There is a flow to the opening two chapters of this letter, but they're not easily defined. Of course, it's a letter all about the redemptive priestly ministry of Jesus the Christ, God the Son incarnate. He, as the opening verses of chapter one state, is the ultimate revelation of God. He is God's living, redemptive revelation displayed in "these last days"(1:2). And that means His coming is the conclusion of all God was preparing the world for through the ministry of the prophets in the Old Testament.
That brings us to the first four verses of chapter two. There is grace-filled warning here. There is a great deal at stake in the way we "hear" the revelation we have received in Christ. In other words, this revelation in Christ is not just an event. There is also a necessary response to this real, historic event. If it was dangerous to trifle with previous revelation through law and prophets (and it was - 2:2), it is dreadfully more dangerous to trifle with God's final redemptive revelation in the Christ.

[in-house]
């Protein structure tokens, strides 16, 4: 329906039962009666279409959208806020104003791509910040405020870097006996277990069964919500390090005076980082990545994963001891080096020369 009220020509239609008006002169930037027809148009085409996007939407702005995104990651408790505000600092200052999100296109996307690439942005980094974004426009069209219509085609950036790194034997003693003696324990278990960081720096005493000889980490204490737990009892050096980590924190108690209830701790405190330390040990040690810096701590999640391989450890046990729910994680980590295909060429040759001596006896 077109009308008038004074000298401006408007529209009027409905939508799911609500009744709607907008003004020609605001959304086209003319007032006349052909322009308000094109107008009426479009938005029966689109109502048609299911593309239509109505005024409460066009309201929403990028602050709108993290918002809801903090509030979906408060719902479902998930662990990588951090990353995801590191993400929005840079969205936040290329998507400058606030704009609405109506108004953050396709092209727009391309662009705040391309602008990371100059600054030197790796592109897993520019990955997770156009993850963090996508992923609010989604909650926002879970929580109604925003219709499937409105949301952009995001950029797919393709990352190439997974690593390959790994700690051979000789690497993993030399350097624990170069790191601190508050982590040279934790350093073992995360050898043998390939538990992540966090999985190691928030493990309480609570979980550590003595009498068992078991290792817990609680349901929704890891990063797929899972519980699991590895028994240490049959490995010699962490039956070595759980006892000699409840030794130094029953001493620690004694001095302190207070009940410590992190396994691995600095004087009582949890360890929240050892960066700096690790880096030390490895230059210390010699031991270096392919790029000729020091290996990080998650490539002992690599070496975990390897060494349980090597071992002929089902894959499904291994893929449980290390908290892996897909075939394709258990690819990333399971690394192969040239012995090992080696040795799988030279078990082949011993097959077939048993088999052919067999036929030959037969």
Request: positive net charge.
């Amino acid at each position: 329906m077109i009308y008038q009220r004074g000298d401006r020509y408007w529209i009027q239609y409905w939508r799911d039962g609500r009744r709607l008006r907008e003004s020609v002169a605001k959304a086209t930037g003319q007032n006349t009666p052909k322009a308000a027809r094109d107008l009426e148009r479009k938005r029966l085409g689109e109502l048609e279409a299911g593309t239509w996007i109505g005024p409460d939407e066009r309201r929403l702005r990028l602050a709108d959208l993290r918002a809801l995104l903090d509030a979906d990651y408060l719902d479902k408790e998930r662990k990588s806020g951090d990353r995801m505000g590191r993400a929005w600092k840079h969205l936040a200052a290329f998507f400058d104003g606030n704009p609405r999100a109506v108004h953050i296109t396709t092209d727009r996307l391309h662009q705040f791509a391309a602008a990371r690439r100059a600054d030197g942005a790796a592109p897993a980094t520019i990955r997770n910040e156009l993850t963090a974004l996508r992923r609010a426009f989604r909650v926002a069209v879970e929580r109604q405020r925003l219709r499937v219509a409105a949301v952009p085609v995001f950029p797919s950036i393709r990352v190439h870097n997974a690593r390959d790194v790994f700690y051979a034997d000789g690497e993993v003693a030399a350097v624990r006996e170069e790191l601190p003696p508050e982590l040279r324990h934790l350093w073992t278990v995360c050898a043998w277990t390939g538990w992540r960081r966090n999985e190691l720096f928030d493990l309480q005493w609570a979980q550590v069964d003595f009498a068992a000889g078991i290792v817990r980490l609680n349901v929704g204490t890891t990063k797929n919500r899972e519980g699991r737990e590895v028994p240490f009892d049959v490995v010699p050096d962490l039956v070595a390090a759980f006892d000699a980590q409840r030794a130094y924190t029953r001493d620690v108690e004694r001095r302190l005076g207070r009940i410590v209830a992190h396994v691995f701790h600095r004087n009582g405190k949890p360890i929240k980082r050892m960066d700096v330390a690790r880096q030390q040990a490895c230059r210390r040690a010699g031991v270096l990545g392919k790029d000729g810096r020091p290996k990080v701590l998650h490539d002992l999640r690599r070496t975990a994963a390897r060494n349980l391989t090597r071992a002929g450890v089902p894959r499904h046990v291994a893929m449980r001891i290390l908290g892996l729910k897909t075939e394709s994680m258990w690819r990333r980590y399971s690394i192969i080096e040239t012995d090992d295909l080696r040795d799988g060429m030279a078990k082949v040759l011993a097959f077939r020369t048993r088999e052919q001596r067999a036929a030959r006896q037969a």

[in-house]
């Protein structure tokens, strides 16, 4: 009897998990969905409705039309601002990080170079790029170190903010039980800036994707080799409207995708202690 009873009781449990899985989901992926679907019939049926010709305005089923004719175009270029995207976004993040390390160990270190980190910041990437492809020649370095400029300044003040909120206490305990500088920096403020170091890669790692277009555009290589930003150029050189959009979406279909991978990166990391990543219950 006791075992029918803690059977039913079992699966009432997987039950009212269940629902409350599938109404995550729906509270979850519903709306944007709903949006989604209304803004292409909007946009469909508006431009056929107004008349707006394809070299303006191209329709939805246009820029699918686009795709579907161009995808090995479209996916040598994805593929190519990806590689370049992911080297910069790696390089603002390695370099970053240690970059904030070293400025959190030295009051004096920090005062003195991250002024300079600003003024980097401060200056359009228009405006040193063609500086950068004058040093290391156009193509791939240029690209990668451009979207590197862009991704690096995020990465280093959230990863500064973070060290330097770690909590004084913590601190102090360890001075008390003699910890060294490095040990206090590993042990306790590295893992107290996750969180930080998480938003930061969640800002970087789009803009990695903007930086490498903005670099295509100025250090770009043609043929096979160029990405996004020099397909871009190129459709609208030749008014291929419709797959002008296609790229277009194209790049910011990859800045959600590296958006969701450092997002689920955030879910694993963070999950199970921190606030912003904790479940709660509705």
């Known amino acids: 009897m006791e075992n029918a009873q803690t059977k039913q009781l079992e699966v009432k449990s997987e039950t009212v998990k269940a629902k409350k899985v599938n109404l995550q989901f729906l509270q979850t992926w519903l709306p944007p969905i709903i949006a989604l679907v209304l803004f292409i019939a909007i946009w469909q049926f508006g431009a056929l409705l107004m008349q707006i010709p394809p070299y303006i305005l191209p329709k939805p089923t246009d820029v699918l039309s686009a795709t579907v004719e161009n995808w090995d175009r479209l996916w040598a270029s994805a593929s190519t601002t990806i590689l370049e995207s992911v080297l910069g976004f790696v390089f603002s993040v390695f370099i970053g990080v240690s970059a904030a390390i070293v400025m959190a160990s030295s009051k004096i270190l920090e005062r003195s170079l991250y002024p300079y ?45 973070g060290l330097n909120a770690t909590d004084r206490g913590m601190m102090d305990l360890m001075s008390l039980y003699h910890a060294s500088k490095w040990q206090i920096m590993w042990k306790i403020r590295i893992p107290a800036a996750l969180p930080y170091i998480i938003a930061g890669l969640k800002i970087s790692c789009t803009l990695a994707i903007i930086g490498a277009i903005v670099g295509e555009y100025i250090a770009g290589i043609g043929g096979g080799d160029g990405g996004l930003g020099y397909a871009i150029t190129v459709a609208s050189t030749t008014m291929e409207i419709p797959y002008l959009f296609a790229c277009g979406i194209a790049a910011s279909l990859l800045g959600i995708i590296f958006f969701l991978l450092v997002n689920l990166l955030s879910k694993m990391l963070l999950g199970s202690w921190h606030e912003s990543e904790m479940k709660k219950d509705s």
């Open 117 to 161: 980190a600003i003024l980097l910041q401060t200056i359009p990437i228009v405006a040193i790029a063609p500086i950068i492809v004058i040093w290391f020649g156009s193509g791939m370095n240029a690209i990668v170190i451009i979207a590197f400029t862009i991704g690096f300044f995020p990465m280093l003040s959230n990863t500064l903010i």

So our writer makes a plea to these Jewish believers - "We must pay much closer attention to what we have heard, lest we drift away from it"(2:1). We studied those words last week. This is a mental inattention, not a denial of doctrinal truth. We're being called to mental focusing. And our writer tells us this kind of spiritual concentration matters - "...how shall we escape if we neglect such a great salvation?..."(2:3). It's a rhetorical question. There is no escape from judgment for the mentally distracted.